Are Genetic Genealogy Investigations Willing to Skirt the Rules?

Millions of Americans enjoy the pursuit of hunting down their ancestors using a variety of techniques and record sources every year. With the proliferation of the internet, keyboard warriors can make significant progress on their family lines without leaving their couch.

One fairly new technique that has become popular is using DNA to help find both descendants and ancestors. With just a spit tube or swab, you can take one step closer to solving the latest family history mystery. Forensic genetic genealogy, as it is often called, has exploded and many professionals specialize in analyzing the results that come from using products like Ancestry or 23andMe. 

There’s just one problem; law enforcement noticed too.

Over the past decade, protections have been put in place by most private companies to protect their users from unconstitutional investigations. One exception has been a public service called GEDMatch. They simply ask their users to consent to these searches — without much thought to relatives who might not care to have portions of their DNA shared with the government — as they upload their DNA results and then bifurcate the two databases.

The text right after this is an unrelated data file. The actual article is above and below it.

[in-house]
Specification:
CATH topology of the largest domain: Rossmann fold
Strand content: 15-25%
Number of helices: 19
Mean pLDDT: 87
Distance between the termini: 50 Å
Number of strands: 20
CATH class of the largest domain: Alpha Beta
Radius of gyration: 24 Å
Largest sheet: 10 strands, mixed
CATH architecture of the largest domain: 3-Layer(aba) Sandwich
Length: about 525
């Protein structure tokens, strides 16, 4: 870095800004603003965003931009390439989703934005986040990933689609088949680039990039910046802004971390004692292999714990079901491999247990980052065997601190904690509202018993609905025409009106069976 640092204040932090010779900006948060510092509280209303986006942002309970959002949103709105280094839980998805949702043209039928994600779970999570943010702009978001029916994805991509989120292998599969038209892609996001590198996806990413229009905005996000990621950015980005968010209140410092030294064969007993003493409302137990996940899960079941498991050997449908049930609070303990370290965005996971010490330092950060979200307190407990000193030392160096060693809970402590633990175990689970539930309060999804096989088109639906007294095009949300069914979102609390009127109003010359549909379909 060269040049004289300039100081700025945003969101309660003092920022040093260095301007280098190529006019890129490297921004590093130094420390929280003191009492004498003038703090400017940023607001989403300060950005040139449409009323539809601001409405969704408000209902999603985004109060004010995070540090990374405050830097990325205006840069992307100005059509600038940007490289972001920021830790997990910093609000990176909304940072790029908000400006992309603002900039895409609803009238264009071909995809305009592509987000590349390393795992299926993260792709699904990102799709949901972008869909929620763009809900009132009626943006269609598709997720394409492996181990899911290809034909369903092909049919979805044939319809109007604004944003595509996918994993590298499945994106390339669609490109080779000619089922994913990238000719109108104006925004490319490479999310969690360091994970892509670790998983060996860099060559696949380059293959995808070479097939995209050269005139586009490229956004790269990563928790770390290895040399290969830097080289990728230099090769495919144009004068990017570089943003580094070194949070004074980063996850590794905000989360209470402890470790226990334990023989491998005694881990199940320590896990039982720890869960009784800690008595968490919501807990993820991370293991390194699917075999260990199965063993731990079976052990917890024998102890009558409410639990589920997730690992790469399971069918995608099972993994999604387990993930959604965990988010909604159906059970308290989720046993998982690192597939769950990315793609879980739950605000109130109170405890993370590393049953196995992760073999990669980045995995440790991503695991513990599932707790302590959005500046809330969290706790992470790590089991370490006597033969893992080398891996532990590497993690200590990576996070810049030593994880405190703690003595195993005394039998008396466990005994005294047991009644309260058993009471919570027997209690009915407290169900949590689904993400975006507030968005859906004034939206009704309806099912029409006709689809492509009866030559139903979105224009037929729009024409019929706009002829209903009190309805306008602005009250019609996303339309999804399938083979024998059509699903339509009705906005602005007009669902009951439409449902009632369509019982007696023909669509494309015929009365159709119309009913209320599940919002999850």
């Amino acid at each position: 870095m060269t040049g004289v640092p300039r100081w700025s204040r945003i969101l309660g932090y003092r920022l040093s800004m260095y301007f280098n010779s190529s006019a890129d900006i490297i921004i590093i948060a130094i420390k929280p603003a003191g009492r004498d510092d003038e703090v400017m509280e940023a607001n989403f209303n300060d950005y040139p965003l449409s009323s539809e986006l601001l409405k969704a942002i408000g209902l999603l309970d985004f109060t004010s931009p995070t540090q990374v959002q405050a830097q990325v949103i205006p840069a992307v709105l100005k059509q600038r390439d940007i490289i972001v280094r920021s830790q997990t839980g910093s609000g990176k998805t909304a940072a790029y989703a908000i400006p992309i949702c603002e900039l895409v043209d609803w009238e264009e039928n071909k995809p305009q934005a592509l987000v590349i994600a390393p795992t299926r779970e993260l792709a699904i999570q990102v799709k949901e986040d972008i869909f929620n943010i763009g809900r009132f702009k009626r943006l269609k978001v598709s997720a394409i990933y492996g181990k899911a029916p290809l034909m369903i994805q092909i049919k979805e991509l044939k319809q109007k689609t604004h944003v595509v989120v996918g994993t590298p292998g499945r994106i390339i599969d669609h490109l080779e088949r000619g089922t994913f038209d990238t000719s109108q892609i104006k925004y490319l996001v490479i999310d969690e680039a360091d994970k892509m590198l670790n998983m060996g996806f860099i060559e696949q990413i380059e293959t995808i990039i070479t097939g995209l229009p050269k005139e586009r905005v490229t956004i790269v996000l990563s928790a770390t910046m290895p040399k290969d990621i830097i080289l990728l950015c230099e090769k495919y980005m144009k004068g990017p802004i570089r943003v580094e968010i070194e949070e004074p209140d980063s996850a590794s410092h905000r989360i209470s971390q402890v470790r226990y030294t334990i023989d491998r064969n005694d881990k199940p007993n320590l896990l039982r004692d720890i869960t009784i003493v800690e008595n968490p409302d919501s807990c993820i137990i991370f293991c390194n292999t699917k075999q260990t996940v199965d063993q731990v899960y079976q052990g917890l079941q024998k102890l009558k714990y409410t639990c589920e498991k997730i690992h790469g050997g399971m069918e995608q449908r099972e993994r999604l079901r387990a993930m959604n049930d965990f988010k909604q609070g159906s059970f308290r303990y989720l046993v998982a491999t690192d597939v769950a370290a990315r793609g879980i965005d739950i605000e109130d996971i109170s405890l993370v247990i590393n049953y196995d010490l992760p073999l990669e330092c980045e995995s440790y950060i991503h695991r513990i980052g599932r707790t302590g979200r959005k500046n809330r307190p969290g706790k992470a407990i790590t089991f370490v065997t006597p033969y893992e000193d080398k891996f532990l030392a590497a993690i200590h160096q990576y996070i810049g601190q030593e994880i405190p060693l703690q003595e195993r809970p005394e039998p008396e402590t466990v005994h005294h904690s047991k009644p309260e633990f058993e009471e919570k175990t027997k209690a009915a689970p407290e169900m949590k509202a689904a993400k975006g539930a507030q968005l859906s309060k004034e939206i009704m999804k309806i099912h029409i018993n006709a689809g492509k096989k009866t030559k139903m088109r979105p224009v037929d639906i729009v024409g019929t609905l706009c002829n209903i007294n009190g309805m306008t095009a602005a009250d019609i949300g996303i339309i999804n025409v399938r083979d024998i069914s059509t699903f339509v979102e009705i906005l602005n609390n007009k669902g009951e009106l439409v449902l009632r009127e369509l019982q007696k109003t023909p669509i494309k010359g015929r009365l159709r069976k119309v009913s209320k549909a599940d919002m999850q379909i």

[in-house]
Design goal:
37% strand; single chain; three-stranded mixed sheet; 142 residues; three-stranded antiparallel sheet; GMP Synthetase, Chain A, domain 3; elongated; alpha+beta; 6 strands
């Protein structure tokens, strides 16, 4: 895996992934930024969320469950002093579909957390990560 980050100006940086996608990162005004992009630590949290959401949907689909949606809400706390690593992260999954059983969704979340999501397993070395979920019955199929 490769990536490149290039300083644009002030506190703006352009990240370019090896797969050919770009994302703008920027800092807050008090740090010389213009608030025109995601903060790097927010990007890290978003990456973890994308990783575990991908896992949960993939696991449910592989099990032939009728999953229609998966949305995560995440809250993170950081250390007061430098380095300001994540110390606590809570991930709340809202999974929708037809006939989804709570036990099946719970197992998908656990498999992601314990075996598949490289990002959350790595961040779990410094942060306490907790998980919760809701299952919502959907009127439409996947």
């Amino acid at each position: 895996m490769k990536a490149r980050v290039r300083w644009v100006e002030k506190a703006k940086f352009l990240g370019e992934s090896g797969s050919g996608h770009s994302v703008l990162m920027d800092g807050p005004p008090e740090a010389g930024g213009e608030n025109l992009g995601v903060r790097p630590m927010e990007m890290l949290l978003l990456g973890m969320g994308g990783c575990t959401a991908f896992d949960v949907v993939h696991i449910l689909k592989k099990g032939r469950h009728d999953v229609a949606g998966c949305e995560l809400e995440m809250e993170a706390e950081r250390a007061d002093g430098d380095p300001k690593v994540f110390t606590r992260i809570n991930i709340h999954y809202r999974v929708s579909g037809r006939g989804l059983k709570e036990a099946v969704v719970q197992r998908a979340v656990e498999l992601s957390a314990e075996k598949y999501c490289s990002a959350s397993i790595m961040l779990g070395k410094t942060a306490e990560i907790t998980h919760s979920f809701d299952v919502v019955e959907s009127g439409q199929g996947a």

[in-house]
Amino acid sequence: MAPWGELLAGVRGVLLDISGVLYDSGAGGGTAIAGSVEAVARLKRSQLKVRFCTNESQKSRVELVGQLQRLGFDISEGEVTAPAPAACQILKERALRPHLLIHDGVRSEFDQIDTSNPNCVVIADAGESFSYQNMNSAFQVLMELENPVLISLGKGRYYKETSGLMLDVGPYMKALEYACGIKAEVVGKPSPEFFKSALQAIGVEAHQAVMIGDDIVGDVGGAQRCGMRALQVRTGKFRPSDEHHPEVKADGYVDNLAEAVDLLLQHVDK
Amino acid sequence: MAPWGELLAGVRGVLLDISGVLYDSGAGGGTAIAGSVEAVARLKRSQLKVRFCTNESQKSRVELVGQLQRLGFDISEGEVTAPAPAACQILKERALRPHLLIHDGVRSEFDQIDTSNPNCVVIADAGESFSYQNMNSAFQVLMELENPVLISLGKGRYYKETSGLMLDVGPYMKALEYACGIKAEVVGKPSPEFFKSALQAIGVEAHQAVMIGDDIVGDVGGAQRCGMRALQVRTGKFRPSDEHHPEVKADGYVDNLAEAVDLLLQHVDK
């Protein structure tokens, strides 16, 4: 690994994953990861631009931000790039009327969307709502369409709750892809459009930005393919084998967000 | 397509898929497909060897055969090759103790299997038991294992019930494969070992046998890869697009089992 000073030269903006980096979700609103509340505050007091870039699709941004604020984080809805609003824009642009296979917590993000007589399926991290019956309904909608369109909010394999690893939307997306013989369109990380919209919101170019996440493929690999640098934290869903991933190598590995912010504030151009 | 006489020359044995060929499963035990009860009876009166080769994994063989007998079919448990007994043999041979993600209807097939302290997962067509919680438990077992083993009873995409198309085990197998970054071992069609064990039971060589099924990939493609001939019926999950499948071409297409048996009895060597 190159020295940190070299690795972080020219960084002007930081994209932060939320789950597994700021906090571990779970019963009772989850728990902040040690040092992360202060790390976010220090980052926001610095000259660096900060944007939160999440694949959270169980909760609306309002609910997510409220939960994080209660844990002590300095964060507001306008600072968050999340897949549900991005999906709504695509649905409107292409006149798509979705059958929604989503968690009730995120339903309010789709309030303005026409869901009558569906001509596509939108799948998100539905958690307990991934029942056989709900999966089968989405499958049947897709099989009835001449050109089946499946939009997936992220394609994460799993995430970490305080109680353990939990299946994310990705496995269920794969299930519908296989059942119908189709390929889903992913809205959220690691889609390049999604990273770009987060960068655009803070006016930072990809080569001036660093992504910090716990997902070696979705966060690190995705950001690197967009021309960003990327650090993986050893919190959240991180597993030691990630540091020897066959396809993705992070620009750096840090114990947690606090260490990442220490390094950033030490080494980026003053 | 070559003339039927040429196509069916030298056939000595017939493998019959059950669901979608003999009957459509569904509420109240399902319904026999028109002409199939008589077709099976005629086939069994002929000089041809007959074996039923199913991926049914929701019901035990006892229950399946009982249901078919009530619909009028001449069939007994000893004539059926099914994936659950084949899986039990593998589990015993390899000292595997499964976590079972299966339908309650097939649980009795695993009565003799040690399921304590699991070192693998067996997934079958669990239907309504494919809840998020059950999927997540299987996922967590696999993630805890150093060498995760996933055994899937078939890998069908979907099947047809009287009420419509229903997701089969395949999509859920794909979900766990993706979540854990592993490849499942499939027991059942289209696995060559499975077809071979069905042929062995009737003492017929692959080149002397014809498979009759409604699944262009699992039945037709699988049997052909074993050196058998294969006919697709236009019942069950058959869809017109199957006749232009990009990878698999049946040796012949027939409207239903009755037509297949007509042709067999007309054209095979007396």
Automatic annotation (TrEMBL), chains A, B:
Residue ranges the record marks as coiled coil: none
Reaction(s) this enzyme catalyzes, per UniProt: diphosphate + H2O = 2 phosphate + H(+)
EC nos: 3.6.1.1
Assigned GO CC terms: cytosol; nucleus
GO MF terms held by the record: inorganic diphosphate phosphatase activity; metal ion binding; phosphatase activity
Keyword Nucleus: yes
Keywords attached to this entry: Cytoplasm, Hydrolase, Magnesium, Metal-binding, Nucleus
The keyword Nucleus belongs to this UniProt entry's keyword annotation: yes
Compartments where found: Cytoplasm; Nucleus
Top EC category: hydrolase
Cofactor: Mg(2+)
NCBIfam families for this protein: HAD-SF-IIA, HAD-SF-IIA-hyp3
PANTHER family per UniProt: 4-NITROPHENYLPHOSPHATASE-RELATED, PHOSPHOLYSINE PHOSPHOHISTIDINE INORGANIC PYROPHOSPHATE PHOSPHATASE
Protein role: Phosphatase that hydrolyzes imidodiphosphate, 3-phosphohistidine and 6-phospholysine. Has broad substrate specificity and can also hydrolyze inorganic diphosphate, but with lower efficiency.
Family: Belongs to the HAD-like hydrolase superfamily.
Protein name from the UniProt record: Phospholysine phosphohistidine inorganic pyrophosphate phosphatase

But just this month it has been reported that genetic genealogists have not only found a loophole to get around this, but have been exploiting it in direct violation of the Fourth Amendment and the terms and conditions of GEDMatch.

This isn’t the first time nor the last time that such a problematic search has occurred as outlined by The Intercept’s report.

State-Level Legal Guardrails

It once again raises important questions about how we will protect national databases of biometric information like DNA from falling into the hands of law enforcement. Whether the database is created by private entities or the government, fishing expeditions into this data must end if we are to uphold the ideals laid down in the Bill of Rights centuries ago.

These searches lack the particularity required to make them legitimate, so states have slowly begun passing laws to create guardrails, but they are simply not enough. Just last year, Utah passed a law that is weak on protecting individuals from having their rights violated by genetic genealogy searches.

We can do better, and this country must do better, otherwise the right to privacy will simply disappear.